Iranian President Mahmoud Ahmadinejad said in New York on Monday
that Iranians will be the "best friends" of the United States if
the latter gives up its hostility toward the Islamic republic.
Addressing a Columbia University forum, Ahmadinejad said "If the
US government recognizes the rights of the Iranian people, respects
all nations and extends a hand of friendship to all Iranians, they
will see that Iranians will be among their best friends."
Ahmadinejad, who is here to address the United Nations General
Assembly on Tuesday, stepped aside a question from the audience --
What would take for Iran to engage in talks with the US or the
The US and Iran, which have no diplomatic ties since 1979, have
had two rounds of ambassador-level talks on Iraq this year. But
they failed to reach any agreement due to sharp differences.
Washington has been accusing Iran of trying to develop nuclear
weapons under the cover of its civil nuclear program. There were
reports that the Pentagon has made a plan to destroy Iran's
military within three days if a war between the two countries
Tehran vehemently denies the US charges.
On Iran's nuclear program, Ahmadinejad reiterated that Iran's
nuclear program is not aimed at the development of weapons.
"We don't believe in nuclear weapons, period. It goes against
the whole grain of humanity," he said.
Inspectors of the International Atomic Energy Agency has
"verified our activities are for peaceful purposes," he said
without providing evidence.
The Iranian leader also criticized the US and "two or three"
world powers, apparently referring to Britain and France, for their
attempt to "monopolize all science or knowledge."
"They expect the Iranian nation to turn to others for fuel,
science and knowledge that are indigenous to itself" and "to humble
Addressing the forum, Ahmadinejad also voiced his regret for
being denied a visit to Ground Zero in New York, the site of
Sept.11 terror attacks.
"Regretfully, some groups had very strong reactions, very bad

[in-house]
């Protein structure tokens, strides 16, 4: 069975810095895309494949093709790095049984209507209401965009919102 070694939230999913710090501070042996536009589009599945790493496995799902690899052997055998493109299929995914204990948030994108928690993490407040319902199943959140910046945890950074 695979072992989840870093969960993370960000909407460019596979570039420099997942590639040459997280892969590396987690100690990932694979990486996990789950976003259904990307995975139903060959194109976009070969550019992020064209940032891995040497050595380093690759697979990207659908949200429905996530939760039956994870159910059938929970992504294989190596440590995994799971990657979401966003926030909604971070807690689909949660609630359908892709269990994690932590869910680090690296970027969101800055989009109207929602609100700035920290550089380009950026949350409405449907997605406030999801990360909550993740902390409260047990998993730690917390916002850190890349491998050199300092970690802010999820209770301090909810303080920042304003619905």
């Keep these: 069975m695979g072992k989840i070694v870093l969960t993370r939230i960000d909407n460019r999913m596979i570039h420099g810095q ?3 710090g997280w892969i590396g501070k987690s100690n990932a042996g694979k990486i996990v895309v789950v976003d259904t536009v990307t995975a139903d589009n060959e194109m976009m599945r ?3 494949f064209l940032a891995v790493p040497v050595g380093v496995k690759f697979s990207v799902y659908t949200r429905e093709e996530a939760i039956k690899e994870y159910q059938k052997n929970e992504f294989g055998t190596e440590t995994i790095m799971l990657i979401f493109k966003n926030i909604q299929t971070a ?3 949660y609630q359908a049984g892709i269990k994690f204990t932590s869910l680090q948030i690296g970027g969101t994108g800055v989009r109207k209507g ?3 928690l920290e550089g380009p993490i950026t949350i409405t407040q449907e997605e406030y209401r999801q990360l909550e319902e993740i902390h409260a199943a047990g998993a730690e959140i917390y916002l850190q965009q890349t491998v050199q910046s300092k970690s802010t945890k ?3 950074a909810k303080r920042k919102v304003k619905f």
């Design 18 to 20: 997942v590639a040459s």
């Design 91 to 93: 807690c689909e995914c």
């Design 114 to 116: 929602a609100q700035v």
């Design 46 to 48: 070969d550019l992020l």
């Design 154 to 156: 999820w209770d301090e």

reactions. It's bad to prevent someone from showing sympathy to the
families of the victims of the 9/11 event, a tragic event."
Ahmadinejad reportedly wants to lay a wreath at the World Trade
Center site during his stay in New York.
New York police authorities, however, rejected his request after
some American lawmakers and organizations opposed to Ahmadinejad's
US Secretary of State Condoleezza Rice said on Monday that it
would have been a travesty for Ahmadinejad to visit the site.
"I think it would have been a travesty," Rice told cable TV
channel CNBC in an interview. "This is somebody who is the
president of a country that is probably the greatest sponsor --
state sponsor -- of terrorism."
The US government first identified Iran as a state sponsor of
terrorism in January 1984. In its annual report on world terrorism
in April 2006, the US State Department designated Iran as "the most
active state sponsor of terrorism."
In response to questions about the Nazi Holocaust, Ahmadinejad
did not call "the most documented event in human history" a "myth,"
as he did in the past.
Denying that he was questioning the existence of the Holocaust,
the Iranian leader said that the Holocaust should not be closed off
to academic inquiry.
He also argued that the Palestinians were paying the price for
other people's crimes.
"Granted this (the Holocaust) happened, what does it have to do
with the Palestinian people?" he said.
"Why is it that Palestinians should pay a price -- innocent
Palestinians - for five million people to remain displaced and
refugees abroad for 60 years? Is this not a crime?" he asked.
In a public speech in December 2005, Ahmadinejad described the
Holocaust as a "myth" and said that Israel should be moved to
Europe, the US, Canada, or Alaska.
The UN and many world leaders have condemned his remarks about
(Xinhua News Agency September 25, 2007)